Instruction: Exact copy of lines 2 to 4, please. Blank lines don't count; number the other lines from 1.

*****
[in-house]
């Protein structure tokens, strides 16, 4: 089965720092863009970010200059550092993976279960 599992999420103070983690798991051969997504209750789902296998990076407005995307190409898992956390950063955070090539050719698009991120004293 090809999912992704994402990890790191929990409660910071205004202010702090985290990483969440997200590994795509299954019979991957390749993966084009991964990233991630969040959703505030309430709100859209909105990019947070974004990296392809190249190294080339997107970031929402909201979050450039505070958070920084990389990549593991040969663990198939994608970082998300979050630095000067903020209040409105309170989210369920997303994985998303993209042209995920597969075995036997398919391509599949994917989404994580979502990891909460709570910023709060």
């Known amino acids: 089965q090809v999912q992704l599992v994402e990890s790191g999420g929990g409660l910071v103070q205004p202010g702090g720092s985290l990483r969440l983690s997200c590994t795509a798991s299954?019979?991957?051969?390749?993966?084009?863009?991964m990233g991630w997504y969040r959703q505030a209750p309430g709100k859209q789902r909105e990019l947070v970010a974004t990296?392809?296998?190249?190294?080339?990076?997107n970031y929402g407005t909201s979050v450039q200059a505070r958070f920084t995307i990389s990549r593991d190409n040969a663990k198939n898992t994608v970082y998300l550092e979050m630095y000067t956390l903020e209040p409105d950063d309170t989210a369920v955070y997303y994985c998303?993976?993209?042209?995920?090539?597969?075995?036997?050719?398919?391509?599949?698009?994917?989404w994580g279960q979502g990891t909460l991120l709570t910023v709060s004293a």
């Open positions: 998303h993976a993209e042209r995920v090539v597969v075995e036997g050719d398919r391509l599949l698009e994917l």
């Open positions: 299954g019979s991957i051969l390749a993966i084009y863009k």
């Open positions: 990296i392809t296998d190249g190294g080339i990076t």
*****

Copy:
């Protein structure tokens, strides 16, 4: 089965720092863009970010200059550092993976279960 599992999420103070983690798991051969997504209750789902296998990076407005995307190409898992956390950063955070090539050719698009991120004293 090809999912992704994402990890790191929990409660910071205004202010702090985290990483969440997200590994795509299954019979991957390749993966084009991964990233991630969040959703505030309430709100859209909105990019947070974004990296392809190249190294080339997107970031929402909201979050450039505070958070920084990389990549593991040969663990198939994608970082998300979050630095000067903020209040409105309170989210369920997303994985998303993209042209995920597969075995036997398919391509599949994917989404994580979502990891909460709570910023709060």
């Known amino acids: 089965q090809v999912q992704l599992v994402e990890s790191g999420g929990g409660l910071v103070q205004p202010g702090g720092s985290l990483r969440l983690s997200c590994t795509a798991s299954?019979?991957?051969?390749?993966?084009?863009?991964m990233g991630w997504y969040r959703q505030a209750p309430g709100k859209q789902r909105e990019l947070v970010a974004t990296?392809?296998?190249?190294?080339?990076?997107n970031y929402g407005t909201s979050v450039q200059a505070r958070f920084t995307i990389s990549r593991d190409n040969a663990k198939n898992t994608v970082y998300l550092e979050m630095y000067t956390l903020e209040p409105d950063d309170t989210a369920v955070y997303y994985c998303?993976?993209?042209?995920?090539?597969?075995?036997?050719?398919?391509?599949?698009?994917?989404w994580g279960q979502g990891t909460l991120l709570t910023v709060s004293a």
């Open positions: 998303h993976a993209e042209r995920v090539v597969v075995e036997g050719d398919r391509l599949l698009e994917l």